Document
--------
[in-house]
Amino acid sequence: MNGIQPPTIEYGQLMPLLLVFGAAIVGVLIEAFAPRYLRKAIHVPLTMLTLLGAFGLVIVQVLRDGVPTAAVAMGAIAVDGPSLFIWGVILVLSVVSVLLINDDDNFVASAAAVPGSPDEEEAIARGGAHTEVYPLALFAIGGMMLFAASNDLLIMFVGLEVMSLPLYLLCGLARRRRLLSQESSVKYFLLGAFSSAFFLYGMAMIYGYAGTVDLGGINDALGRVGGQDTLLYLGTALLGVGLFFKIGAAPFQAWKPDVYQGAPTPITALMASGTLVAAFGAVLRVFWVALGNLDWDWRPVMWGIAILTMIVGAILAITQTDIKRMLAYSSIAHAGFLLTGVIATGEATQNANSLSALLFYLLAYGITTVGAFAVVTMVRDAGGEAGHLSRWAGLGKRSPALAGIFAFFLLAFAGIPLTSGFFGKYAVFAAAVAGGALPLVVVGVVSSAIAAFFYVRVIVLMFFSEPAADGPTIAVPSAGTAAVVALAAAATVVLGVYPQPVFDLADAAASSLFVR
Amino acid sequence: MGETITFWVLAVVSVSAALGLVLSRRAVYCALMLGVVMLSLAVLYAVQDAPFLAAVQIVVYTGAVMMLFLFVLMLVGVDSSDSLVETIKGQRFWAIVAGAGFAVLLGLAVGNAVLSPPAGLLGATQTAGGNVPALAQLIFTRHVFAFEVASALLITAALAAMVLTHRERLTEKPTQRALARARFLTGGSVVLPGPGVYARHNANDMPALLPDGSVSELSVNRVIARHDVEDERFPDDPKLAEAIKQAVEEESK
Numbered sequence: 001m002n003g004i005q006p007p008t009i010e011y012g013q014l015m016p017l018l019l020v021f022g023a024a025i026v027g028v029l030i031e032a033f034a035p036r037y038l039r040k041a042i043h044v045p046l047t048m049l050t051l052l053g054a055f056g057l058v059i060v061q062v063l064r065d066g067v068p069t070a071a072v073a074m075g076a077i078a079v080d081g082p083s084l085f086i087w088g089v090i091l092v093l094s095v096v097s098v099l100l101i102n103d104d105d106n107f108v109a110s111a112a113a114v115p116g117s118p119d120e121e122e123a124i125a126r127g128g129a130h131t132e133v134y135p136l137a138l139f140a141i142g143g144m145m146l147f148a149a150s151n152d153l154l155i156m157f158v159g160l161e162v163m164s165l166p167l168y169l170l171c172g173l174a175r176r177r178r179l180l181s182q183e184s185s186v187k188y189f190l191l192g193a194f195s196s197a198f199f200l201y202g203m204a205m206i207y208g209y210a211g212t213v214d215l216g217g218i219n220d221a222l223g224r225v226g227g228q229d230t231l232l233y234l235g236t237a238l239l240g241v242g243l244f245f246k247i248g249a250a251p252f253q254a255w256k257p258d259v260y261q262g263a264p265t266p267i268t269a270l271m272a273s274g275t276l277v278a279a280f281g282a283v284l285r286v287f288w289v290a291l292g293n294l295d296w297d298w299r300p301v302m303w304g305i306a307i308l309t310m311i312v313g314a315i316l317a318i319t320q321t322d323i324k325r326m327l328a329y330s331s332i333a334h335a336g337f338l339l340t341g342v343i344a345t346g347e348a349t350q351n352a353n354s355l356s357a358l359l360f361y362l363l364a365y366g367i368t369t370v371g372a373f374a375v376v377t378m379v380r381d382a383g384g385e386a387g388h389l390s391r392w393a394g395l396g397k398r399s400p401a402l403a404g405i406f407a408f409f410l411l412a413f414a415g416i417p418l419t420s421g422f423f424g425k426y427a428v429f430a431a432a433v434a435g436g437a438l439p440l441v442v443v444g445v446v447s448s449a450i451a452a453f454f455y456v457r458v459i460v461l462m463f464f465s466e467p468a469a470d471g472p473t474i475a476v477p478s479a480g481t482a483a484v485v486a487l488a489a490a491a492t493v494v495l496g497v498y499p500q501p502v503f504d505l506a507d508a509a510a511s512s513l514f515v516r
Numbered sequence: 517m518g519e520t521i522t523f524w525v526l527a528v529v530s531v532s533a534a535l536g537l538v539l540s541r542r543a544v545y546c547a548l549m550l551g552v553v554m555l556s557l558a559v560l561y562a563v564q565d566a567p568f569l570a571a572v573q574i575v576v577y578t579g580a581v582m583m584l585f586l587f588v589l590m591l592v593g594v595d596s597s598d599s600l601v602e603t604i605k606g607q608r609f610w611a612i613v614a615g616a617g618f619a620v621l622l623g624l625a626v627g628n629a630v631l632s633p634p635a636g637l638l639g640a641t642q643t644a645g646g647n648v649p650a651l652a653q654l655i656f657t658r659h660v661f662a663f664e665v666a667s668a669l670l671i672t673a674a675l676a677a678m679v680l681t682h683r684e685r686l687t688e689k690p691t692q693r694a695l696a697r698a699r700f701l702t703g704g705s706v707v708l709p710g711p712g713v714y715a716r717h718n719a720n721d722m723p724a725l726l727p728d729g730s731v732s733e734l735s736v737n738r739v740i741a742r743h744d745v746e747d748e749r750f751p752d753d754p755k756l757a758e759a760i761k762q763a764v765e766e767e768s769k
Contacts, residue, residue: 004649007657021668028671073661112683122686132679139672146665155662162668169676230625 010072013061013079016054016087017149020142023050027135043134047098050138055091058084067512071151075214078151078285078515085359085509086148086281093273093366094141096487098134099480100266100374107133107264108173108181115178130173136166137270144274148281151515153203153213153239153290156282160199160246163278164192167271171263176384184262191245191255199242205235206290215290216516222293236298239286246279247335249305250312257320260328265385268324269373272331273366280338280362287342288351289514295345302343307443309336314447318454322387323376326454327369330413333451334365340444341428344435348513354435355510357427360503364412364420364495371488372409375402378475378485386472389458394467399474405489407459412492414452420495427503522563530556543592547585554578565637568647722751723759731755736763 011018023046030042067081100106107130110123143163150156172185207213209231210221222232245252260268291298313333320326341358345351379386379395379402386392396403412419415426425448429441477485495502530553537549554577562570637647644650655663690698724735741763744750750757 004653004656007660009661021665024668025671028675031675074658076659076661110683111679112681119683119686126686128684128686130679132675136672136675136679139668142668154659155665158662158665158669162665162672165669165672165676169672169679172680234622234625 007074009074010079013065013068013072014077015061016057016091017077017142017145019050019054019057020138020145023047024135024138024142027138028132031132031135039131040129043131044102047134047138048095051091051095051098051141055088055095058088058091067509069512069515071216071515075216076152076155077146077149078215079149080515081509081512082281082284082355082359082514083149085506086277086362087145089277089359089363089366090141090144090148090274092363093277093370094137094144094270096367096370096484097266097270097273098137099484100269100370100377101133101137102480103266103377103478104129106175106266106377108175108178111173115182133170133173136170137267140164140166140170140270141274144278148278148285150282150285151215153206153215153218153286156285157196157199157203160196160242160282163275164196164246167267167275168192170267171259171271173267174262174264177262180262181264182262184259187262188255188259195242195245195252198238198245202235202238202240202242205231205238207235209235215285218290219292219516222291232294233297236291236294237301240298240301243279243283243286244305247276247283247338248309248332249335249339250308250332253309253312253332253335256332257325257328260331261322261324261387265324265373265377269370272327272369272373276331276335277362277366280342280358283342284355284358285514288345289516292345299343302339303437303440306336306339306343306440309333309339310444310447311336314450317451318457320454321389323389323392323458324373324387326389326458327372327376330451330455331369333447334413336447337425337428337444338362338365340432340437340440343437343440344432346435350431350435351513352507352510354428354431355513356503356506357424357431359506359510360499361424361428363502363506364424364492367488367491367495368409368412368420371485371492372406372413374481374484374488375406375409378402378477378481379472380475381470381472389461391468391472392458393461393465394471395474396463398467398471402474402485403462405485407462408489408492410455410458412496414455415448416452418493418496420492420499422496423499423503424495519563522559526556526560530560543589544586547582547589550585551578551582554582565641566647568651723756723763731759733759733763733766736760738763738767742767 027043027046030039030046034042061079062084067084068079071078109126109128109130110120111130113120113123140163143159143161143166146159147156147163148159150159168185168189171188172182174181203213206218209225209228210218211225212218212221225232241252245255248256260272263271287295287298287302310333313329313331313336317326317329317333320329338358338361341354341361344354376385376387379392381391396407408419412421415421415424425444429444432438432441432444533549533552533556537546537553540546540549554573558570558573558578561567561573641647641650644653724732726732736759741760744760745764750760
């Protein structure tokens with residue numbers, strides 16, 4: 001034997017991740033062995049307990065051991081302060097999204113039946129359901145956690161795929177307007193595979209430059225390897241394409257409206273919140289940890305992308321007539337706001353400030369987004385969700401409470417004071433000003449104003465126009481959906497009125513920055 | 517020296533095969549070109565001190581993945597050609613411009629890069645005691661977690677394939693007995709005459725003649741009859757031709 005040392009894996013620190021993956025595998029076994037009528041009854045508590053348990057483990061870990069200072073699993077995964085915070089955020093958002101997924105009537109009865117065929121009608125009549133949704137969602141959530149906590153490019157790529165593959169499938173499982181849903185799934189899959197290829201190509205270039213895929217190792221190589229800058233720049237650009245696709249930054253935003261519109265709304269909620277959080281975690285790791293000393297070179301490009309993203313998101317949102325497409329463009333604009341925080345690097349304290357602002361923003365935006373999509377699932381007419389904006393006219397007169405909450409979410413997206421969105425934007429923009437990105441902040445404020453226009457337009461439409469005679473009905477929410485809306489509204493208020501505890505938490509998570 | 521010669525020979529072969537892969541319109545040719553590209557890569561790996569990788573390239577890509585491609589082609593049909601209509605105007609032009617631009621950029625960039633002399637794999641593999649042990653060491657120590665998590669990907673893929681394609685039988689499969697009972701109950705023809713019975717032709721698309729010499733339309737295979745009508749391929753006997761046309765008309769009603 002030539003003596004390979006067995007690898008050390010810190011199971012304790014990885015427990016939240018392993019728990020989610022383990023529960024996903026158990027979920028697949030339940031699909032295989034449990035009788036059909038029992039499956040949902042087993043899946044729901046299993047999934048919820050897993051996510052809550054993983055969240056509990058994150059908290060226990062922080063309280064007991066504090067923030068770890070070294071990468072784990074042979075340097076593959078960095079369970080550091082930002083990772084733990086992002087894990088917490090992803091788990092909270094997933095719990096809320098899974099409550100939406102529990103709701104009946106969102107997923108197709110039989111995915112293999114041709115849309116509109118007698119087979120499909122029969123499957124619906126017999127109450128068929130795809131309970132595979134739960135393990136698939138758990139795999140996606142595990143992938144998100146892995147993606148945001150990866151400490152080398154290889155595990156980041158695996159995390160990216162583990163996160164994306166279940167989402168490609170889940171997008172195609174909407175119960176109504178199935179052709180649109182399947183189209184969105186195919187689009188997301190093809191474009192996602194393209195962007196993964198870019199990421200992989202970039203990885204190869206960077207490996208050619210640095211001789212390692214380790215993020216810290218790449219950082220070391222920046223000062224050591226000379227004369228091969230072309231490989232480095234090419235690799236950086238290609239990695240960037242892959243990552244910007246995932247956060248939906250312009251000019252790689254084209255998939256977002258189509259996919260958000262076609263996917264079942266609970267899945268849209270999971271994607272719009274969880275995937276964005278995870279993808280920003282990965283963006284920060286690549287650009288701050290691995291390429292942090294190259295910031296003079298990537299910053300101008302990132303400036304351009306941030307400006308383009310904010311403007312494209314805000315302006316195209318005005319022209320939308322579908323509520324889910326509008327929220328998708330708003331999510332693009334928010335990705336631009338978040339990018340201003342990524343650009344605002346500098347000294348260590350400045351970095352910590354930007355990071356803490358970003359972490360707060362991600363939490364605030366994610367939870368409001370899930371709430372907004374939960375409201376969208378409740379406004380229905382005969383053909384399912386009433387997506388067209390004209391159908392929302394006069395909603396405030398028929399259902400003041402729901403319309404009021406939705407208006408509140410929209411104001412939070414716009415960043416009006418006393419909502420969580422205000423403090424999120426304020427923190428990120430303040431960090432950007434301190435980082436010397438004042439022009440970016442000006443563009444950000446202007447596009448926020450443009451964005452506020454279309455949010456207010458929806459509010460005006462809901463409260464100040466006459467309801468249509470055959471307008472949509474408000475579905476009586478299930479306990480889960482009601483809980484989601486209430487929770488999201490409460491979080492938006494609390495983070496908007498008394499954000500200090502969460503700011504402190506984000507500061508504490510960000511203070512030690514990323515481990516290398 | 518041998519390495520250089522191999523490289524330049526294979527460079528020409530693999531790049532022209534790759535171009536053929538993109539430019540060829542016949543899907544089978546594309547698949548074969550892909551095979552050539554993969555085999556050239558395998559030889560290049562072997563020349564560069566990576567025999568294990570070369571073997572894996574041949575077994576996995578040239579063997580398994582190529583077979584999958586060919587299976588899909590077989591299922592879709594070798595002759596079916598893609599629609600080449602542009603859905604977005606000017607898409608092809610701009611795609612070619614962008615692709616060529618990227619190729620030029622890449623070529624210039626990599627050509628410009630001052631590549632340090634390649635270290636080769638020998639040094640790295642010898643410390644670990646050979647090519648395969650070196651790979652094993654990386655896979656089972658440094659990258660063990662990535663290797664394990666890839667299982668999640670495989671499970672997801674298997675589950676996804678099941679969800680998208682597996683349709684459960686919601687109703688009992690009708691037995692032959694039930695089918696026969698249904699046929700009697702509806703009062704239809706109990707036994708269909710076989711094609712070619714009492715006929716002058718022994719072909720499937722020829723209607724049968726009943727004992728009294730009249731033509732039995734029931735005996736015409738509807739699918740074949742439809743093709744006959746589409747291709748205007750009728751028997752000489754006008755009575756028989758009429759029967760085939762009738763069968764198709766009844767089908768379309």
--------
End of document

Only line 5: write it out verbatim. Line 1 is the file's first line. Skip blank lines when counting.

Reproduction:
Numbered sequence: 517m518g519e520t521i522t523f524w525v526l527a528v529v530s531v532s533a534a535l536g537l538v539l540s541r542r543a544v545y546c547a548l549m550l551g552v553v554m555l556s557l558a559v560l561y562a563v564q565d566a567p568f569l570a571a572v573q574i575v576v577y578t579g580a581v582m583m584l585f586l587f588v589l590m591l592v593g594v595d596s597s598d599s600l601v602e603t604i605k606g607q608r609f610w611a612i613v614a615g616a617g618f619a620v621l622l623g624l625a626v627g628n629a630v631l632s633p634p635a636g637l638l639g640a641t642q643t644a645g646g647n648v649p650a651l652a653q654l655i656f657t658r659h660v661f662a663f664e665v666a667s668a669l670l671i672t673a674a675l676a677a678m679v680l681t682h683r684e685r686l687t688e689k690p691t692q693r694a695l696a697r698a699r700f701l702t703g704g705s706v707v708l709p710g711p712g713v714y715a716r717h718n719a720n721d722m723p724a725l726l727p728d729g730s731v732s733e734l735s736v737n738r739v740i741a742r743h744d745v746e747d748e749r750f751p752d753d754p755k756l757a758e759a760i761k762q763a764v765e766e767e768s769k